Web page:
Kisagari

My wish, to disappear
Under the flowers.
Let it be a Spring death,
In Kisagari (that changing month),
That Bright Moon time of year
.

bright moon, man walking on beach, ukiyo-e 浮世絵, floating world

Farewell to February, 2021

Before the month of February has passed, I thought it fitting to add one more poem on the subject of Kisigari.

This poem is written not by Basho, but by Saigyō Hōshi (西行法師, 1118 -1190) a poet of the Heian period who lived to the age of 72. His life as a monk and his frequent journeys inspired Basho’s many journeys.

February is a month often overlooked because of its shortness, but also its in-betweenness, caught as it is between winter and spring. Nineteenth century American poet Henry David Longfellow gave us his thoughts on a February Afternoon, which begin like this: The day is ending, The night is descending; The marsh is frozen, The river dead. Matsuo Basho also gave us some thoughts on February (Kisagari). Both are a bit depressing.

Saigyō’s poem, on the contrary, is more uplifting, at least in the Buddhist sense of regeneration with Saigyō imagining that he is reborn as an early spring flower , Hana. The third line is particularly poignant. 春死なむ, Haru shinan conbines the idea of a death in spring and なむ which I understand to be “let it be,” and a reference to the Buddhist concept of Namu 南無.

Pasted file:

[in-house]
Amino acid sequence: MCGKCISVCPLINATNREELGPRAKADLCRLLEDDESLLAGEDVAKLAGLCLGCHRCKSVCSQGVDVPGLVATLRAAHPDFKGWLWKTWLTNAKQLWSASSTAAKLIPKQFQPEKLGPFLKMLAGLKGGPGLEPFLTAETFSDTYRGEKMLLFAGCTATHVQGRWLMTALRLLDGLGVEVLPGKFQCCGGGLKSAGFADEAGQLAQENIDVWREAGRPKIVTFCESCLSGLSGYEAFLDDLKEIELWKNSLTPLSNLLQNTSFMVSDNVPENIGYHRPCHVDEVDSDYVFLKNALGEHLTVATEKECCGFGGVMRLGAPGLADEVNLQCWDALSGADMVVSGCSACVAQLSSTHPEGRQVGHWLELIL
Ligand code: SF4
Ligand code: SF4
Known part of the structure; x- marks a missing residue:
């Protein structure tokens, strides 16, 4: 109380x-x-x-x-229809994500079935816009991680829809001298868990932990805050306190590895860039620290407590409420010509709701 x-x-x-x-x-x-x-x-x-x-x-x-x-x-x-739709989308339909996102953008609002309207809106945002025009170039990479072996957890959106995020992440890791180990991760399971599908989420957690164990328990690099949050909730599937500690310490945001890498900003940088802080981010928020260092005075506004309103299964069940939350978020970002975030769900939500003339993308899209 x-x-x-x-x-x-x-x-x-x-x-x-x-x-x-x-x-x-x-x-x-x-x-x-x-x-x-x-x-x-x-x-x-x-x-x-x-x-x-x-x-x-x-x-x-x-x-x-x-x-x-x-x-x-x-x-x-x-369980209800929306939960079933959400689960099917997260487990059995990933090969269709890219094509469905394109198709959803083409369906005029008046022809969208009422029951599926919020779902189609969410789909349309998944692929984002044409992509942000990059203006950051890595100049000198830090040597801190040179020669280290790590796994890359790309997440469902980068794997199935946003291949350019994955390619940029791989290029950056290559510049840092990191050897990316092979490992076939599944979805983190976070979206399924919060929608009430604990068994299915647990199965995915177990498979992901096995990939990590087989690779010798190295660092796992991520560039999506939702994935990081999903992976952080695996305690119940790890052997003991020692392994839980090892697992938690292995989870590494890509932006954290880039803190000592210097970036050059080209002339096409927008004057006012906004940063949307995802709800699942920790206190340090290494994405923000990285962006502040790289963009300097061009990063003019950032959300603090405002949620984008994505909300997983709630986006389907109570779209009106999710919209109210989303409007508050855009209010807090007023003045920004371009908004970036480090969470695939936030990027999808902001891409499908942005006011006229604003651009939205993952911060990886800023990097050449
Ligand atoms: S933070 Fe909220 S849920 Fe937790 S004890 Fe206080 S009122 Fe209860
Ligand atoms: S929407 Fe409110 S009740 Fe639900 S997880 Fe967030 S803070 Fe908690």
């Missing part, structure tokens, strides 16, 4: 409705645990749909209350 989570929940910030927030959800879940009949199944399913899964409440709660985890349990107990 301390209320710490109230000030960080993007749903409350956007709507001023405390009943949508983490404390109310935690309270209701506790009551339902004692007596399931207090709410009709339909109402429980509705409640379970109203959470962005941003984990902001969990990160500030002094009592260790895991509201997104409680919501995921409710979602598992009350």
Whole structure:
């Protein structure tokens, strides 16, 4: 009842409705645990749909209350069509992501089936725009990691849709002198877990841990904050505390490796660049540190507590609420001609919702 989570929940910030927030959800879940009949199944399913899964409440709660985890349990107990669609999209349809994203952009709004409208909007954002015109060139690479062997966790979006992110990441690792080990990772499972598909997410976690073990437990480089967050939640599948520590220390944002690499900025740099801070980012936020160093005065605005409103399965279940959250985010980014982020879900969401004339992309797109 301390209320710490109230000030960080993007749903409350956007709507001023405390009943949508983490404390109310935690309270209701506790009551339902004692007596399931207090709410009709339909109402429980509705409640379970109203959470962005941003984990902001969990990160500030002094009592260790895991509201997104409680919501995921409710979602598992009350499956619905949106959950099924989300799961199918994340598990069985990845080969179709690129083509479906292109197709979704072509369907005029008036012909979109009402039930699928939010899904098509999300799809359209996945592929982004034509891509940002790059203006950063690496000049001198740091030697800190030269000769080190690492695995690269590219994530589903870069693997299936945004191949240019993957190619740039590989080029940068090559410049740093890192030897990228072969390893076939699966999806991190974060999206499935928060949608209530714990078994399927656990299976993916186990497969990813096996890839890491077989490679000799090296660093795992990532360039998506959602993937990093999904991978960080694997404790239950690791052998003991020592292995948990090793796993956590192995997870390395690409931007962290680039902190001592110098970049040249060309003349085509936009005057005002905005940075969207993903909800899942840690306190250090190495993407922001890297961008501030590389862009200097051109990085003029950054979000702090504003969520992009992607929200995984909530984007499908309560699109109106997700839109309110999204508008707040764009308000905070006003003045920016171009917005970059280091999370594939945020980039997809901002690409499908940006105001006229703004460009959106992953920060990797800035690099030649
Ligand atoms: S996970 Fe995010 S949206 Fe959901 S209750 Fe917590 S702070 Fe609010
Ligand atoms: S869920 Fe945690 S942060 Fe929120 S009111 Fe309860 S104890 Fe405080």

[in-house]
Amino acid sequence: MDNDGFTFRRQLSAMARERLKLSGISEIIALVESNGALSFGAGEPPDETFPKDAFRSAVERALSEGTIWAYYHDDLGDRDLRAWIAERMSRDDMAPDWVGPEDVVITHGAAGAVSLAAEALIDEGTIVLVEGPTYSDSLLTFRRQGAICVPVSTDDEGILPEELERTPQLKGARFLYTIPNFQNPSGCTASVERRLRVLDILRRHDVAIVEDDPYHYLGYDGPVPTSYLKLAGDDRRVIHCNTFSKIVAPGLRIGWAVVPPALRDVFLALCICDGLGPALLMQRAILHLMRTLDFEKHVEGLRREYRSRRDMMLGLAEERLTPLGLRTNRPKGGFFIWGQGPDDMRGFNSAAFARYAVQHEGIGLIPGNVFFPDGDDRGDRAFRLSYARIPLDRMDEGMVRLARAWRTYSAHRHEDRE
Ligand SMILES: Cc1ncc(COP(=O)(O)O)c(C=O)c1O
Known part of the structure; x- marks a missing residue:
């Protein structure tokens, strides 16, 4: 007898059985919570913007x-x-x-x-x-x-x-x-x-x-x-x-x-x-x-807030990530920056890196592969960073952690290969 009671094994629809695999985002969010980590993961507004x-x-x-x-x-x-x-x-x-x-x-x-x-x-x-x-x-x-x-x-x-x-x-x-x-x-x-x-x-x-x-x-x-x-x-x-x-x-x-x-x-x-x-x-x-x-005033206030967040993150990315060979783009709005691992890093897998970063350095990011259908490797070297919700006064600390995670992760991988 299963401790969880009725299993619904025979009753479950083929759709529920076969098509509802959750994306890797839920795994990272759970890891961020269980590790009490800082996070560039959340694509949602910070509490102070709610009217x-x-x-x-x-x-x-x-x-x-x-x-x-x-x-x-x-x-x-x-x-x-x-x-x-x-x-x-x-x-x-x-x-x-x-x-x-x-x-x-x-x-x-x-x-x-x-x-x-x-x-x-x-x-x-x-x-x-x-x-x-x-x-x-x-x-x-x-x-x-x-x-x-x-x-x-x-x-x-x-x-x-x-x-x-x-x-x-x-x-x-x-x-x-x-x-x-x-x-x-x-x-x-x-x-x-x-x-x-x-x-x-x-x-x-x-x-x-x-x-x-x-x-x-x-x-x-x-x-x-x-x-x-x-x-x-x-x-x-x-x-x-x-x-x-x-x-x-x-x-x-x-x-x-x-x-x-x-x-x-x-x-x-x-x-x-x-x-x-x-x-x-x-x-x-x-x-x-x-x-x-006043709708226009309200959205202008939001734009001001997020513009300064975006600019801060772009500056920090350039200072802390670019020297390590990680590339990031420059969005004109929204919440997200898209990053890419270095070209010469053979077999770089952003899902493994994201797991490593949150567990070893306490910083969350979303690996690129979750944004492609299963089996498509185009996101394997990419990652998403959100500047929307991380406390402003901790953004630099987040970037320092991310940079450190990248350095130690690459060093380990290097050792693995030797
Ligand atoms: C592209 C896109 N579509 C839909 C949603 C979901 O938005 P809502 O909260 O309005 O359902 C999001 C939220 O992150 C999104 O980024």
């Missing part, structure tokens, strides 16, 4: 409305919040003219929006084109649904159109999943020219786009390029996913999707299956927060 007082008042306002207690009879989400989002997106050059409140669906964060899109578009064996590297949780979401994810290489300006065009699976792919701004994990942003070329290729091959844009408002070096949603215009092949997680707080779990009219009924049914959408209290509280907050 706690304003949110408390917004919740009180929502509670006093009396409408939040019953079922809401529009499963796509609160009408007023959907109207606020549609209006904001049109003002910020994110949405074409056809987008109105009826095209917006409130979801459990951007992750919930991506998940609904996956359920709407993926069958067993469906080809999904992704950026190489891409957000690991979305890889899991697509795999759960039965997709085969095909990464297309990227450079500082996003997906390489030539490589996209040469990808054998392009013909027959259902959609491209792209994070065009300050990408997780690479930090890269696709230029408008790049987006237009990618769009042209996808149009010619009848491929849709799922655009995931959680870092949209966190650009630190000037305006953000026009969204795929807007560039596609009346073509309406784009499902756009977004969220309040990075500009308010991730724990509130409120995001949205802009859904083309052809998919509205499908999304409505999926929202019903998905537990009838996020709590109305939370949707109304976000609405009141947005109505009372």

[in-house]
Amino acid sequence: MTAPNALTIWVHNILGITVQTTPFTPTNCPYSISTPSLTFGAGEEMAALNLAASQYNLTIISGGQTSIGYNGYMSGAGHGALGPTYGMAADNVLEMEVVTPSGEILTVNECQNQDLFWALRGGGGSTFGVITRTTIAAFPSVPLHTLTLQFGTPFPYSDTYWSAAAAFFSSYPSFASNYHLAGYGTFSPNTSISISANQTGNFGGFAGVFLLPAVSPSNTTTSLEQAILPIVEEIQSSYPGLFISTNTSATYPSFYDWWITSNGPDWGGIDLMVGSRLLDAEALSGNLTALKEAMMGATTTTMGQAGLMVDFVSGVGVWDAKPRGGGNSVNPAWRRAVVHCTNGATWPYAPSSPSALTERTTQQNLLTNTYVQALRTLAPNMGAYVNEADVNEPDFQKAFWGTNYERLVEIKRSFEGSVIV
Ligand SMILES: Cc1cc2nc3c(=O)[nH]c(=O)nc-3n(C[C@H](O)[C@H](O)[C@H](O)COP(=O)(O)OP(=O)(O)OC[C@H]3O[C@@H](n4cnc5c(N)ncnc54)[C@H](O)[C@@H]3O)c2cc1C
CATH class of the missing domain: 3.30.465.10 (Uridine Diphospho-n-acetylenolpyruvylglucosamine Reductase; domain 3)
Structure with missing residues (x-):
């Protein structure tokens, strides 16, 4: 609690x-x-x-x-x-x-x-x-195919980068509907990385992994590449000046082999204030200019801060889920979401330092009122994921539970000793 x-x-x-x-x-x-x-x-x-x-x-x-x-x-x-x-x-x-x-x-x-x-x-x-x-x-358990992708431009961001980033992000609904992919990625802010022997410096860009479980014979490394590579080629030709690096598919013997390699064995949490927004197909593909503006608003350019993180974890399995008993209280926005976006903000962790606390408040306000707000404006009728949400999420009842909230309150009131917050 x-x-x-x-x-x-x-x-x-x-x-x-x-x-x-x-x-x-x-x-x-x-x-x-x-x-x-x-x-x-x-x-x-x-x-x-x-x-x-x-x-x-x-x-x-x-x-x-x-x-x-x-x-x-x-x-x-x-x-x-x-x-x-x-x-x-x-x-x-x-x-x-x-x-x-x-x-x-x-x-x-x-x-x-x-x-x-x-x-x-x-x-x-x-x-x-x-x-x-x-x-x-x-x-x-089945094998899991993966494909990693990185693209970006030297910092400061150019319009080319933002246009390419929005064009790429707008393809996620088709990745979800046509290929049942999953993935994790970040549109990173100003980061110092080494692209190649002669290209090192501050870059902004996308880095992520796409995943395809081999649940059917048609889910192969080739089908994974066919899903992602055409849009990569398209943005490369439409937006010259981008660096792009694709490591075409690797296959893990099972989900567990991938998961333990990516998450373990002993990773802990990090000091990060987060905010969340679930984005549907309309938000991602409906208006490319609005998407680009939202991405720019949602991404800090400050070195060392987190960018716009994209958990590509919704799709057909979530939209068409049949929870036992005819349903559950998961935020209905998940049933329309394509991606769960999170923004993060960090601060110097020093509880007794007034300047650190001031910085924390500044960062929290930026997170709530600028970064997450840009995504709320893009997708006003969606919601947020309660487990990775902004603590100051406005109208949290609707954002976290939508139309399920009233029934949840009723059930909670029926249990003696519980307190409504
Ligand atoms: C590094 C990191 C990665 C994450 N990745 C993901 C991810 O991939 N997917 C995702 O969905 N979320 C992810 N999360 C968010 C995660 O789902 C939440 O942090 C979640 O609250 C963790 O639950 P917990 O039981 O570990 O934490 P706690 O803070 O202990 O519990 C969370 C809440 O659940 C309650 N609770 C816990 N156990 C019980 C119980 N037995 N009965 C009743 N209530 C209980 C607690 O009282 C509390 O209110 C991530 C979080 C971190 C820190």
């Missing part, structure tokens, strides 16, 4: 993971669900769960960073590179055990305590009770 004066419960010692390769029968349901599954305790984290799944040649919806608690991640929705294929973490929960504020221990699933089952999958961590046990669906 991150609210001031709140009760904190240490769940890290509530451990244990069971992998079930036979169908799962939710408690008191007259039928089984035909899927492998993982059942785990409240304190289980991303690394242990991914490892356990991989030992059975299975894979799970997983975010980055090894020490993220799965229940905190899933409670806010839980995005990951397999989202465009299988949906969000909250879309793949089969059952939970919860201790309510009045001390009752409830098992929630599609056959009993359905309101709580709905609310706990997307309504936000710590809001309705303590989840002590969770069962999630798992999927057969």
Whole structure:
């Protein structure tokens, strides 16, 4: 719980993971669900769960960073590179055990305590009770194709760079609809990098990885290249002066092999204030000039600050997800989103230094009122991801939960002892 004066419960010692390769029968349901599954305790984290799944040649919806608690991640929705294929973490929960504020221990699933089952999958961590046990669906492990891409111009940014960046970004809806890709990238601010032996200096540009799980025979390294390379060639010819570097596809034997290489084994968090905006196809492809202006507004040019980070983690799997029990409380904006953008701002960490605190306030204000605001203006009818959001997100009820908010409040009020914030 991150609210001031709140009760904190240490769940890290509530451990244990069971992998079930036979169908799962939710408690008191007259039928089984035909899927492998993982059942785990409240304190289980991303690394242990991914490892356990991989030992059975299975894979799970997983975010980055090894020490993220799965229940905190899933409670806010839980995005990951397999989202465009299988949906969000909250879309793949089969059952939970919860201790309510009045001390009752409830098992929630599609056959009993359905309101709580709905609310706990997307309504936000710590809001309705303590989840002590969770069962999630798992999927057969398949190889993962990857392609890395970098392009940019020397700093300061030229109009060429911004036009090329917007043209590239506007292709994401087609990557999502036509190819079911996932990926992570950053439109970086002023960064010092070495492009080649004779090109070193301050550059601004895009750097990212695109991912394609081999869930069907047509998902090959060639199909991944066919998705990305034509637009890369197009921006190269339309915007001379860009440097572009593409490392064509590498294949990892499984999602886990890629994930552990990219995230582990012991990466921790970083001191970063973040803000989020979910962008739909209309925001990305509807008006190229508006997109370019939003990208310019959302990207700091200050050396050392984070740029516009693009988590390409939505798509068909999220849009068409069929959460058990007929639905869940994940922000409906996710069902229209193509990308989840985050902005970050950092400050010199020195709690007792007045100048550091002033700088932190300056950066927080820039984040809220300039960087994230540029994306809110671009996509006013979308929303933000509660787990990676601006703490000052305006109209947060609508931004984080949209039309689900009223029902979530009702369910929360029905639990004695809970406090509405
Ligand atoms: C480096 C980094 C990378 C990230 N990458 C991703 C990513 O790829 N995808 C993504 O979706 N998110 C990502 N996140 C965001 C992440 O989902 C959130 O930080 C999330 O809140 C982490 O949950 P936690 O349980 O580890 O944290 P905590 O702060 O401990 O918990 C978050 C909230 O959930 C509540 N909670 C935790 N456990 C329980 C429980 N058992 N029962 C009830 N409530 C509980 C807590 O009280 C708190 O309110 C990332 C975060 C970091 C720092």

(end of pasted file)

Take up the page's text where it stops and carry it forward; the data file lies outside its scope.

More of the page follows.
Kisigari, 如月 is the Japanese lunar name for the month of February. It suggests the changing of the seasons, Spring approaching, a month with spring-like days. Sometimes written as Kinusaragi (衣更着, “Changing Clothes”) .

Yesterday, February the 24th, in Kansas it was 70 degrees, two days before that it was 0. What a difference a day or two makes.

I have one final comment to make on Saigyō’s use of , no through out the poem. This personalizes, for me, the thought. Not being a native Japanese speaker it is just my personal thought.

My wish, to disappear
Under my flowers.
Let my death be in Spring,
In Kisagari (that changing month),
My Bright Moon time of year
.

Original Japanese

願はくは
花の下にて
春死なむ
その如月の
望月のころ

Negawaku wa
Hana no moto nite
Haru shinan
Sono kisaragi no
Mochizuki no koro

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